Sensitivity of Hurricane Intensity Forecast to Convective Momentum Transport Parameterization

Jongil Han RS Information Systems, Inc., and Environmental Prediction Modeling Center, National Centers for Environmental Prediction, Camp Springs, Maryland

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Hua-Lu Pan Environmental Prediction Modeling Center, National Centers for Environmental Prediction, Camp Springs, Maryland

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Abstract

A parameterization of the convection-induced pressure gradient force (PGF) in convective momentum transport (CMT) is tested for hurricane intensity forecasting using NCEP's operational Global Forecast System (GFS) and its nested Regional Spectral Model (RSM). In the parameterization the PGF is assumed to be proportional to the product of the cloud mass flux and vertical wind shear. Compared to control forecasts using the present operational GFS and RSM where the PGF effect in CMT is taken into account empirically, the new PGF parameterization helps increase hurricane intensity by reducing the vertical momentum exchange, giving rise to a closer comparison to the observations. In addition, the new PGF parameterization forecasts not only show more realistically organized precipitation patterns with enhanced hurricane intensity but also reduce the forecast track error. Nevertheless, the model forecasts with the new PGF parameterization still largely underpredict the observed intensity. One of the many possible reasons for the large underprediction may be the absence of hurricane initialization in the models.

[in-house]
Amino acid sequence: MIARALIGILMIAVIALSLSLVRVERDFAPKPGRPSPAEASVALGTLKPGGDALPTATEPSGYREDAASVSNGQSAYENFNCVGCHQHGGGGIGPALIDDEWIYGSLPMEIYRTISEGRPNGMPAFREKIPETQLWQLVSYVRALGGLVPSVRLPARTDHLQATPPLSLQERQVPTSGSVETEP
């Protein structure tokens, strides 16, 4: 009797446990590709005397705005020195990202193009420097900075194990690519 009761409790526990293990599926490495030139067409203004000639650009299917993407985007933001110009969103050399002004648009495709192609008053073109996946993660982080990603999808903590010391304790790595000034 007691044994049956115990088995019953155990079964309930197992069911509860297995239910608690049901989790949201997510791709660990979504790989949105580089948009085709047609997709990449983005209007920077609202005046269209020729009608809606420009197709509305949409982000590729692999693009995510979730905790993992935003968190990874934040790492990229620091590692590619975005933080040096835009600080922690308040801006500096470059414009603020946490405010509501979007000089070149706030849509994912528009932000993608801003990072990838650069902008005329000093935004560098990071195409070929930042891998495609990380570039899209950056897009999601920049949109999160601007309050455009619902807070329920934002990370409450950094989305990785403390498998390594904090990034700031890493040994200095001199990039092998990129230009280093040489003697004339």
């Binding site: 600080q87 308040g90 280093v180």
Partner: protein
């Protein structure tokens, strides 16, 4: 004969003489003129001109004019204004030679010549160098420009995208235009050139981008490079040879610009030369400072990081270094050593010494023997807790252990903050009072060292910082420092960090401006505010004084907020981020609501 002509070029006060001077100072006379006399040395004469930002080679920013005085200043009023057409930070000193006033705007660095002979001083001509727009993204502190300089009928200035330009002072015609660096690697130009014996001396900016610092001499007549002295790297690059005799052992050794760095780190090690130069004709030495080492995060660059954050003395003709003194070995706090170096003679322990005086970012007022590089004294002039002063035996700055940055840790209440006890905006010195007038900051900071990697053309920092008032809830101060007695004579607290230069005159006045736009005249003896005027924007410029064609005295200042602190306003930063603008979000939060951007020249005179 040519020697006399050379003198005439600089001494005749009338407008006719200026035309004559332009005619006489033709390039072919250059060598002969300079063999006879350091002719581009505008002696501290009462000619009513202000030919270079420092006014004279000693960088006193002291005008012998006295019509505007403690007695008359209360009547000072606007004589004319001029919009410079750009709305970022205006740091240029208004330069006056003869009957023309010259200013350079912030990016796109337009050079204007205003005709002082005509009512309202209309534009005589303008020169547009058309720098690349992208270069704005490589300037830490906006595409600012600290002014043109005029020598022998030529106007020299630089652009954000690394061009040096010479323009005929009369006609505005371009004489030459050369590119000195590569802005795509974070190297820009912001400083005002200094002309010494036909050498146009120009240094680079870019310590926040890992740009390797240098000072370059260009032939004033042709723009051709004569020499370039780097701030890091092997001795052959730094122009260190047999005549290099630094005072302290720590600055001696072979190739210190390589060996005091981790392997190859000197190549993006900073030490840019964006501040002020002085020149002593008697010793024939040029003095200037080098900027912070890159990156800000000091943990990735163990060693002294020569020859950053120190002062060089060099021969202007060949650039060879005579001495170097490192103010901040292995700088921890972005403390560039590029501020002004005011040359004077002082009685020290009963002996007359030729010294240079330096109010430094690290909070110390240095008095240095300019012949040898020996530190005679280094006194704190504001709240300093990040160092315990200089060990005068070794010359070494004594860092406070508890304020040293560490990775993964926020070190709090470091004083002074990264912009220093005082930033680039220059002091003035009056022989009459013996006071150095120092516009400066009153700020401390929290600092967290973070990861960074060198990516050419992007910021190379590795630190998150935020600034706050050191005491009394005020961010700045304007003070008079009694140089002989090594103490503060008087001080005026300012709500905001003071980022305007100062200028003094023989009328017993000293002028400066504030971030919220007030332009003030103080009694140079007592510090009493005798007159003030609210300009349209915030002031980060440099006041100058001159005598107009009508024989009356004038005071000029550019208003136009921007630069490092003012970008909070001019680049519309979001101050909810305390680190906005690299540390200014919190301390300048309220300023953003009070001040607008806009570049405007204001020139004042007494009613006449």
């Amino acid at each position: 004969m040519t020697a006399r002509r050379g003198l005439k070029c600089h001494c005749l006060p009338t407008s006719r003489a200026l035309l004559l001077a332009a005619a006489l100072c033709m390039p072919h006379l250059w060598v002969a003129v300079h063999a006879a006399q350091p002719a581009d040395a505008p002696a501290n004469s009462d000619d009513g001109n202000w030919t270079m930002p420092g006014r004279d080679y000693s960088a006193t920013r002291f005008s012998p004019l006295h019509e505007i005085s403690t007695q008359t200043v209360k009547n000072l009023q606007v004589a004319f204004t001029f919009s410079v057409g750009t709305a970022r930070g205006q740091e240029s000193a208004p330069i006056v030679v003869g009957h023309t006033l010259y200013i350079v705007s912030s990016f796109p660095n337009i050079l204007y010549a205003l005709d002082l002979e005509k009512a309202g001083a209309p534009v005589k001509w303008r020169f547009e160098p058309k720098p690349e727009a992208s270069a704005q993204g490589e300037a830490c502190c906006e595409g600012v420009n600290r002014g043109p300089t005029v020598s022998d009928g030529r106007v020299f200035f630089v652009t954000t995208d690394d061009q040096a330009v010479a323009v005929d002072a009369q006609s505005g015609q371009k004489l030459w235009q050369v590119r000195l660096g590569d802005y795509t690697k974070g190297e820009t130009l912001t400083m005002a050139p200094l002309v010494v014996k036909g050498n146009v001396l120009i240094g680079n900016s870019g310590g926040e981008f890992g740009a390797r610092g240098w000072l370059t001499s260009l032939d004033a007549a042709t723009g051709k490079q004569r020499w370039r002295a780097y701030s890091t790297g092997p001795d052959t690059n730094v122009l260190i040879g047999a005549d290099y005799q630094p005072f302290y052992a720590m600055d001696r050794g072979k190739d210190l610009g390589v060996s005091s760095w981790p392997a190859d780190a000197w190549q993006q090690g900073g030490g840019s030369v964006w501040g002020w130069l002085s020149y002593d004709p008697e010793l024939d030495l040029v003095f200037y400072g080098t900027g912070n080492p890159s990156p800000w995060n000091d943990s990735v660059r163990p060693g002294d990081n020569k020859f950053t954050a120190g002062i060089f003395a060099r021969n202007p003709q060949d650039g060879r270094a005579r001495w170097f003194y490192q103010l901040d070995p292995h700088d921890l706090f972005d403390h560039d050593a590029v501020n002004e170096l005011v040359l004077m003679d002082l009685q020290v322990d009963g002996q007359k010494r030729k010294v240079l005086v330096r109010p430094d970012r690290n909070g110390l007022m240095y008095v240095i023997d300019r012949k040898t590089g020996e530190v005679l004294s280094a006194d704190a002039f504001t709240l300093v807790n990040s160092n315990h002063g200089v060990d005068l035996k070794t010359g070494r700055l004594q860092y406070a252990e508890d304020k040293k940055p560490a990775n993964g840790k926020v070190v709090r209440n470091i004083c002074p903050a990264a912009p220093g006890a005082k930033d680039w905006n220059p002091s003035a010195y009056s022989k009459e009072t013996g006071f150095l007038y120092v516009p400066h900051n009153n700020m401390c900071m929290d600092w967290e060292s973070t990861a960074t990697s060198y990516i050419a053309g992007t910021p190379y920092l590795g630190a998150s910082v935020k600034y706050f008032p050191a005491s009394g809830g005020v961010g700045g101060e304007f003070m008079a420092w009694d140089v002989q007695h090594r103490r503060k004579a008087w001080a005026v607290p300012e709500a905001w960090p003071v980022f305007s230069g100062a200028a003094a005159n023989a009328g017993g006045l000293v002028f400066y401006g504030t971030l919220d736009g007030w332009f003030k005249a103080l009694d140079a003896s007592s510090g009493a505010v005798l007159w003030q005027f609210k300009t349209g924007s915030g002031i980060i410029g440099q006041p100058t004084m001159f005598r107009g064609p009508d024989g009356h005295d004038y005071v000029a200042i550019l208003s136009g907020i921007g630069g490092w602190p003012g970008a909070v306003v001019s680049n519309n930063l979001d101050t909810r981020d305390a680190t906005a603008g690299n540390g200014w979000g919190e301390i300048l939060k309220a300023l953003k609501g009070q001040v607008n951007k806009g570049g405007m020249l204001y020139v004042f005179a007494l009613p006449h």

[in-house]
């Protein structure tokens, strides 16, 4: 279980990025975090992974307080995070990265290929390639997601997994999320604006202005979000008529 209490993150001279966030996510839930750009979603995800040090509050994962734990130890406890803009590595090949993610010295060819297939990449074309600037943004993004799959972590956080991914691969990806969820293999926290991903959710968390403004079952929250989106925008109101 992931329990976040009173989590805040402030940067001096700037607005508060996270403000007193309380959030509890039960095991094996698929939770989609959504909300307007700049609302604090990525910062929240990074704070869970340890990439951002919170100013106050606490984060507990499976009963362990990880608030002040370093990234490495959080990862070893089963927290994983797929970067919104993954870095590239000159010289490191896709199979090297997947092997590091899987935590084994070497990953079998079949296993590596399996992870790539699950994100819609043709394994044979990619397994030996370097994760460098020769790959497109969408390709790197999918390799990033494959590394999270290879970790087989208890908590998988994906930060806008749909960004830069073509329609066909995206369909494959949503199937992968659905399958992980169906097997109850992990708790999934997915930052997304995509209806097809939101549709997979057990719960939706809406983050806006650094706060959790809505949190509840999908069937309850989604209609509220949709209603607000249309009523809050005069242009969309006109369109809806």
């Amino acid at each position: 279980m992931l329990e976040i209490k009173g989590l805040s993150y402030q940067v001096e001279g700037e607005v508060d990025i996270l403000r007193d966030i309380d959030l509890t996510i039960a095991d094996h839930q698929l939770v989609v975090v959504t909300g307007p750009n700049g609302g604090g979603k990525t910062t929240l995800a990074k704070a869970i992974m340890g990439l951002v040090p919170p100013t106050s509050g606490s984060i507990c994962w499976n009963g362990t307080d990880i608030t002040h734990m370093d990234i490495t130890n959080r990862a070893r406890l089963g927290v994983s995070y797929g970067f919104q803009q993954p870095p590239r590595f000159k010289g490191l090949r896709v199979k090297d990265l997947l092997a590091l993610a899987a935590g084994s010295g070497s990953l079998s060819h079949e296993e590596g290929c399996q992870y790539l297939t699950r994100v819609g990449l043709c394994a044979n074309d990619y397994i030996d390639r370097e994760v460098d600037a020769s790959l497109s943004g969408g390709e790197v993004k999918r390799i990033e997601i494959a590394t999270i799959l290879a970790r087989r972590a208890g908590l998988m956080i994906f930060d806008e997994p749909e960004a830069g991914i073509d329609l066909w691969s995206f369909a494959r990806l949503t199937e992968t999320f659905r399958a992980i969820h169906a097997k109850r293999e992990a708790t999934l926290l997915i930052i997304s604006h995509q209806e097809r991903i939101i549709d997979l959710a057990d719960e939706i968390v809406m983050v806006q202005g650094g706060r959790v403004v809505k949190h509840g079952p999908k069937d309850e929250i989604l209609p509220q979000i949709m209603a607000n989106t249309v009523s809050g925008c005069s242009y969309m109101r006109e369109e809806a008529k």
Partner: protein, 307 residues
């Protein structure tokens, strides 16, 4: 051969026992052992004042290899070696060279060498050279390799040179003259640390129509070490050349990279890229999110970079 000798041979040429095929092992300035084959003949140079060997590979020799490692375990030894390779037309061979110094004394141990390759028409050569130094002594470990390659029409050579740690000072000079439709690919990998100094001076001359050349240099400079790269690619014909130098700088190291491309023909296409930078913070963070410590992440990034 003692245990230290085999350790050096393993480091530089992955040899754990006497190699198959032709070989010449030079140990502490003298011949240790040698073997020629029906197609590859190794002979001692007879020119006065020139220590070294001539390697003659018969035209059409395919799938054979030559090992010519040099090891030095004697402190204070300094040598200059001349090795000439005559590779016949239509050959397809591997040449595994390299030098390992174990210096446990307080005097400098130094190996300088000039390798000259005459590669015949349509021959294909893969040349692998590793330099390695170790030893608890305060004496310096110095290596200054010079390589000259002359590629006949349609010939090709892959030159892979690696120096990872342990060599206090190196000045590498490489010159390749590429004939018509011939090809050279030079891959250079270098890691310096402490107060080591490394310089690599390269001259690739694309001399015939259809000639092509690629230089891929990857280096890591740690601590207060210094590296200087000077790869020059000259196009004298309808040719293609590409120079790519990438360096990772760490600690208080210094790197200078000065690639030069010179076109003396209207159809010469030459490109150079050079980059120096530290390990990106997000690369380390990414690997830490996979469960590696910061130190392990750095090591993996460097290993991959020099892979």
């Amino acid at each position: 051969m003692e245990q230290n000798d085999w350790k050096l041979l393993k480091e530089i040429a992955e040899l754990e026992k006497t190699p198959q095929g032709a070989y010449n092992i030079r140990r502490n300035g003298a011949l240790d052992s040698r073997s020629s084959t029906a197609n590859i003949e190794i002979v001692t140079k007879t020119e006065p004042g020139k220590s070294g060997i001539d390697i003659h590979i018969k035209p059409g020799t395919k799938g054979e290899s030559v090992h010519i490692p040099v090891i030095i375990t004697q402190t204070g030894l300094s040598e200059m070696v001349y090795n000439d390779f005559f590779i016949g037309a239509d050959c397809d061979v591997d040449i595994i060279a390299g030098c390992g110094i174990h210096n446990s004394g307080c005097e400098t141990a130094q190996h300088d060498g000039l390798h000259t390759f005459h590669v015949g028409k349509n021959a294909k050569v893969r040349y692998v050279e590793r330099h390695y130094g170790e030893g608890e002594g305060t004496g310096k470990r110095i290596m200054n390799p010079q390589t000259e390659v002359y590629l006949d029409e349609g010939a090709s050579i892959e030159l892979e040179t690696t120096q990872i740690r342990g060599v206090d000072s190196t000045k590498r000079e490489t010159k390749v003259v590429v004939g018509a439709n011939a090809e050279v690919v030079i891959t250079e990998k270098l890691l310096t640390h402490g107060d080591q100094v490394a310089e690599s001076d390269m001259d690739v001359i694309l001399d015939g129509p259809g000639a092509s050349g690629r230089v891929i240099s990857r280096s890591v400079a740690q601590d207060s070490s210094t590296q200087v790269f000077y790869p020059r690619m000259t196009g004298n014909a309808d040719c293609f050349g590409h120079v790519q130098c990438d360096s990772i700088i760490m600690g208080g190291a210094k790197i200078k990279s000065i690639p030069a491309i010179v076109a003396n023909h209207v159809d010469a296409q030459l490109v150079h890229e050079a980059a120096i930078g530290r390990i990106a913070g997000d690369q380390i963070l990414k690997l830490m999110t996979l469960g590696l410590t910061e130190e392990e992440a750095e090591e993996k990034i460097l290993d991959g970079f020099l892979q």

Corresponding author address: Jongil Han, 5200 Auth Road, WWB Rm. 207, Camp Springs, MD 20746. Email: Jongil.Han@noaa.gov

Abstract

A parameterization of the convection-induced pressure gradient force (PGF) in convective momentum transport (CMT) is tested for hurricane intensity forecasting using NCEP's operational Global Forecast System (GFS) and its nested Regional Spectral Model (RSM). In the parameterization the PGF is assumed to be proportional to the product of the cloud mass flux and vertical wind shear. Compared to control forecasts using the present operational GFS and RSM where the PGF effect in CMT is taken into account empirically, the new PGF parameterization helps increase hurricane intensity by reducing the vertical momentum exchange, giving rise to a closer comparison to the observations. In addition, the new PGF parameterization forecasts not only show more realistically organized precipitation patterns with enhanced hurricane intensity but also reduce the forecast track error. Nevertheless, the model forecasts with the new PGF parameterization still largely underpredict the observed intensity. One of the many possible reasons for the large underprediction may be the absence of hurricane initialization in the models.

Corresponding author address: Jongil Han, 5200 Auth Road, WWB Rm. 207, Camp Springs, MD 20746. Email: Jongil.Han@noaa.gov

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